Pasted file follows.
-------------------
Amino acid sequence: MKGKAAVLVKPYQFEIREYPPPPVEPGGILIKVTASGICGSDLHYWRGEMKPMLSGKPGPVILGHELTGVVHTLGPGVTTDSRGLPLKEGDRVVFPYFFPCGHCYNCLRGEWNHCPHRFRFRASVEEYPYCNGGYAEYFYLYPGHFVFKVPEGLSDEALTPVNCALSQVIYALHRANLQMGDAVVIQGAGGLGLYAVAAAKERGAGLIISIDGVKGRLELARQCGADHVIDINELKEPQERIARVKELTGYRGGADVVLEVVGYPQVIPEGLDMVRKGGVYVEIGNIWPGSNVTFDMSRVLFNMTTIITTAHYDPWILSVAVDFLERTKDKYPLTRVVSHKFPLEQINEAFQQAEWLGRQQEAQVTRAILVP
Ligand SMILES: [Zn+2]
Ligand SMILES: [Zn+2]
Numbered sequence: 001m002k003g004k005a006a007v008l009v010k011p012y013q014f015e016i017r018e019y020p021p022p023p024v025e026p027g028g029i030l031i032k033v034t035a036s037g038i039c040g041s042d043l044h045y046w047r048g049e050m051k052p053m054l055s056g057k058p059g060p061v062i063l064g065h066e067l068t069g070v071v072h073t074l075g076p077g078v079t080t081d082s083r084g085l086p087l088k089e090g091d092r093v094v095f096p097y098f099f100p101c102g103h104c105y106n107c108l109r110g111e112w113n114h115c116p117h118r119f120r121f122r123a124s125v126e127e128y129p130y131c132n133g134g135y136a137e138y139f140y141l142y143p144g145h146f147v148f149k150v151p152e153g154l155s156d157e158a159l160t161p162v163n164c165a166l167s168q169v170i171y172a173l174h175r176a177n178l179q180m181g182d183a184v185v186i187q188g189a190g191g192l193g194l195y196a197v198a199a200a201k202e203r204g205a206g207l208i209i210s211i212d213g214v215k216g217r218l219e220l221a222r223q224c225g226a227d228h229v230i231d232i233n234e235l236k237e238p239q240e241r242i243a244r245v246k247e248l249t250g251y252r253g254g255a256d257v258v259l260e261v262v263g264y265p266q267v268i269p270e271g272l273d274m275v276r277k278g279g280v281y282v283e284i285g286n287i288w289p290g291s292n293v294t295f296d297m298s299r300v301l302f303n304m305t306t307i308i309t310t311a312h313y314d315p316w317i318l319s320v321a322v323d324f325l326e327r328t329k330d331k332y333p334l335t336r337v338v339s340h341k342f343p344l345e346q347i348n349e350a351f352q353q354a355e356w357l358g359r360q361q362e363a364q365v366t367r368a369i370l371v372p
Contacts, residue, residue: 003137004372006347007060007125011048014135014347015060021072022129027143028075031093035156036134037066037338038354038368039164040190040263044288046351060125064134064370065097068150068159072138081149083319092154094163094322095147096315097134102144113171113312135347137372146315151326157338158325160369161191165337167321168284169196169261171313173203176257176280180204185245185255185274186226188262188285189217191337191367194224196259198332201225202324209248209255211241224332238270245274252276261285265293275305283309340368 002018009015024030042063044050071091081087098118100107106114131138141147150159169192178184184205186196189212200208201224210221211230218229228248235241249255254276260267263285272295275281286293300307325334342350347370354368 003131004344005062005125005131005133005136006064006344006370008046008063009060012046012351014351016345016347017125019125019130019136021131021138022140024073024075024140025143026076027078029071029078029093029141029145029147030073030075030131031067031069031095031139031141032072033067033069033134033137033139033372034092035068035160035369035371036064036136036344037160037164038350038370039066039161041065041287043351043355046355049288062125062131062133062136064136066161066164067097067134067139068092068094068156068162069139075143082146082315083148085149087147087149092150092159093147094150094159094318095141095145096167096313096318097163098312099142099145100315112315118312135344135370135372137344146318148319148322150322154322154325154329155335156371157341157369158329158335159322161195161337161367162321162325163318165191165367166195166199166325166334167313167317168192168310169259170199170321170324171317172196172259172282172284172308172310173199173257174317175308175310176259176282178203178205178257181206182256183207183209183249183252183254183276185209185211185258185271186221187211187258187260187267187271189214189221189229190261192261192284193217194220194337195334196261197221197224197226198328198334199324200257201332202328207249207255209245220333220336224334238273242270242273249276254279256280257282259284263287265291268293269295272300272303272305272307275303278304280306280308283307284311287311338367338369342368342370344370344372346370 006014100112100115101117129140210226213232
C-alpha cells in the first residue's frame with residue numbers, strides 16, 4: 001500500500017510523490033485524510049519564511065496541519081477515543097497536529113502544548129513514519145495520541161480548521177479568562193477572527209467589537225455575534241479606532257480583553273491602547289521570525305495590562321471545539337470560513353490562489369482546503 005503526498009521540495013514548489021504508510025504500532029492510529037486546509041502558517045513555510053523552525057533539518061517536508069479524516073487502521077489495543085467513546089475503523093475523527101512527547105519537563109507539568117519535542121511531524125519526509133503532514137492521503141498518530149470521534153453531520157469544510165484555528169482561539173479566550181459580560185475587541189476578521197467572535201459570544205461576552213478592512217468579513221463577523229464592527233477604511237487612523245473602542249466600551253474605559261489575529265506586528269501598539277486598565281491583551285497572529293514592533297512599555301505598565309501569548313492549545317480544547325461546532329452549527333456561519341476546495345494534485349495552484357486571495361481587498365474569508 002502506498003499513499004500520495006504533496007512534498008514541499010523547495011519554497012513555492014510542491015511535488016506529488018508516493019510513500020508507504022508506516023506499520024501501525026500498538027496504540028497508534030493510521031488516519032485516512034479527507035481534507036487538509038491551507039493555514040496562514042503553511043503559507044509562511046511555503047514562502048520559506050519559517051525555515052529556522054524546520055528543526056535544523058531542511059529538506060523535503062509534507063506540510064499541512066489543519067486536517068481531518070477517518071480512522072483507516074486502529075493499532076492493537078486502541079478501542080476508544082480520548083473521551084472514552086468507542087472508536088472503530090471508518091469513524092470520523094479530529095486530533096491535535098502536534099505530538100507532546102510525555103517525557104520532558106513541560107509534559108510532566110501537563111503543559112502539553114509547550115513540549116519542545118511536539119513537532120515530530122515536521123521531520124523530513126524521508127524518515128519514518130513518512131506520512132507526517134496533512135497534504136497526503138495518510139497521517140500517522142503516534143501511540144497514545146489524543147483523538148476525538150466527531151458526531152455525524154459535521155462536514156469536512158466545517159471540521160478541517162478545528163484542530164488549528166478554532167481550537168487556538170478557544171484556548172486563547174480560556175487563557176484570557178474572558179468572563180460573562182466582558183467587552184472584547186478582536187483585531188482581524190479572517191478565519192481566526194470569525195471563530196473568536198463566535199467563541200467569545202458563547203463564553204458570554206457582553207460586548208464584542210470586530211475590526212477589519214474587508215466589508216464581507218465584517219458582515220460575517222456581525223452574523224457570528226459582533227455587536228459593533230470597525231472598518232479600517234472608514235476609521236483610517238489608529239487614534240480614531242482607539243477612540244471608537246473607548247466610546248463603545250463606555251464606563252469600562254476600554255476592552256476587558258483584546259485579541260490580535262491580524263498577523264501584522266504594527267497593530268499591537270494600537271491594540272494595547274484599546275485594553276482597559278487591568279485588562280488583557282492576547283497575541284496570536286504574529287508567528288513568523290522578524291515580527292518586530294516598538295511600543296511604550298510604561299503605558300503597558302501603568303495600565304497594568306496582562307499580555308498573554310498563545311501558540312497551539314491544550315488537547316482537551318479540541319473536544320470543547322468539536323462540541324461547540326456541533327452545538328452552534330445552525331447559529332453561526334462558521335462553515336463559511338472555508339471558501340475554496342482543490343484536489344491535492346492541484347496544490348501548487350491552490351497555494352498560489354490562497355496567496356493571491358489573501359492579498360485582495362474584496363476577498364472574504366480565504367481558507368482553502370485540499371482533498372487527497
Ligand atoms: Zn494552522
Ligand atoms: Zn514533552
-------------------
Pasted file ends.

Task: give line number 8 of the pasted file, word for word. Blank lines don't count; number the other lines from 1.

Ligand atoms: Zn514533552